While a diabetic can learn to semi – control the disease, you cannot be perfect all the time.  There is so much the body does that our technology (as great as it is) cannot tell us.  As careful I try to be, there are times when no matter what I do, something just doesn’t work right.  I will get a high glucose levels, and simply will not be able to get it down, or I can eat something, and my glucose levels will go down, and I will not be able to get it back up.  One time the candy that I eat will get my glucose levels up just a little, the next time, the same candy will get my levels way to high. No real way to tell what is going to happen.  Got to be like a boy scout, always prepared.  One day I will get a picture of my “emergency” supplies that I have around all the time.

Here is a link for some interesting facts about diabetes.

Star Date: 2456157.969793

Facing the Future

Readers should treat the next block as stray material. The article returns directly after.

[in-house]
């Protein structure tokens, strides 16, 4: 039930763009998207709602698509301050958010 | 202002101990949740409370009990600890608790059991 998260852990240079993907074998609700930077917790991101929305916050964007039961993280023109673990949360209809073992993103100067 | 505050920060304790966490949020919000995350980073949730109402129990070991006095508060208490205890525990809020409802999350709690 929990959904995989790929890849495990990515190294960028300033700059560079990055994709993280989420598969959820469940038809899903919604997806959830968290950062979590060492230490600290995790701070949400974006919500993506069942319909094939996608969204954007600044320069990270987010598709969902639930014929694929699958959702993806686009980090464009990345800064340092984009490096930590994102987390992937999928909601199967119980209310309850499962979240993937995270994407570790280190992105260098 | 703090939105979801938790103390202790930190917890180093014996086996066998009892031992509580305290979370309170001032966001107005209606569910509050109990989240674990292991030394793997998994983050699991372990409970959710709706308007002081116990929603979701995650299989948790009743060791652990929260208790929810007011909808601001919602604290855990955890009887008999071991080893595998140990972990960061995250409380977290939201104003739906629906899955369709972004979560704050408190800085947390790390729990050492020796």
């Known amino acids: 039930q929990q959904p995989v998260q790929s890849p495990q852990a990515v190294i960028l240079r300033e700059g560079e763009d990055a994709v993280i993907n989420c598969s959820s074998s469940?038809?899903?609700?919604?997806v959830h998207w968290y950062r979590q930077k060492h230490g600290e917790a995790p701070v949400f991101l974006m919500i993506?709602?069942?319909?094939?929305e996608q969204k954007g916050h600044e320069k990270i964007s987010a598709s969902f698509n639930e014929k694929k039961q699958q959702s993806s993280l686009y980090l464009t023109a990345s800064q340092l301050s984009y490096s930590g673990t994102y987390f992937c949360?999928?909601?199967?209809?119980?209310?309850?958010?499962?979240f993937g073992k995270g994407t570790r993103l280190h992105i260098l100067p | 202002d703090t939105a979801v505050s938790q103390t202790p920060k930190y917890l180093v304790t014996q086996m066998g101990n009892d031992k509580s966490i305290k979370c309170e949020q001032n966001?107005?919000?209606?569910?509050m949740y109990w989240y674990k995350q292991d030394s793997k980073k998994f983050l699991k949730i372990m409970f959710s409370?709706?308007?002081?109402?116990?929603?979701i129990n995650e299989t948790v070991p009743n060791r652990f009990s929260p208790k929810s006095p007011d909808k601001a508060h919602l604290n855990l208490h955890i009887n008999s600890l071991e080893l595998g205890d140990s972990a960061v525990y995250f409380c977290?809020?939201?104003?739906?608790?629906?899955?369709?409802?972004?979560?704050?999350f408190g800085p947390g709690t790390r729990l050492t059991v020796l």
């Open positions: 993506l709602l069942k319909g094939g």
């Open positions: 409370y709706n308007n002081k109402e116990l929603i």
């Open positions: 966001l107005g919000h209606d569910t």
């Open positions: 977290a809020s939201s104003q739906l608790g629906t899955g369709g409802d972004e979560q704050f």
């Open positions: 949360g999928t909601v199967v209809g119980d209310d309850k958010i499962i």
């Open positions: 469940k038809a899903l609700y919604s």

The other morning I couldn’t sleep, was up way too early.  With the insomnia, I watched TV, Dobie Gillis was on. This episode,  Dobie is not far from graduating high school, one of the teachers gave his class an assignment on what they expect from the future. The whole show Dobie is wondering what to write his essay about.  The end shows a few students presenting their essays, and how great they were going to be once they were out of high school. Dobie ends up not writing his essay, but his explanation earned him an “A”.  He explained that he did not know where he was going, and how he was going to get there. He gave an example of a robin and her babies.  For several months he watched the robin leave the nest to bring back a worm for the babies. One morning the mother robin left but did not come back with a worm, trying to  teach her baby robins about leaving the nest to make a go of their life on their own and leaving them to fend for themselves. The baby robins reluctantly left one by one, not knowing for sure where they were going and how they were going to make a life for themselves.  The teacher asked Dobie, with no foresight of the future, if he was afraid, Dobie, referred back to the baby robins, saying they didn’t really know then, but they were ready for what ever came along.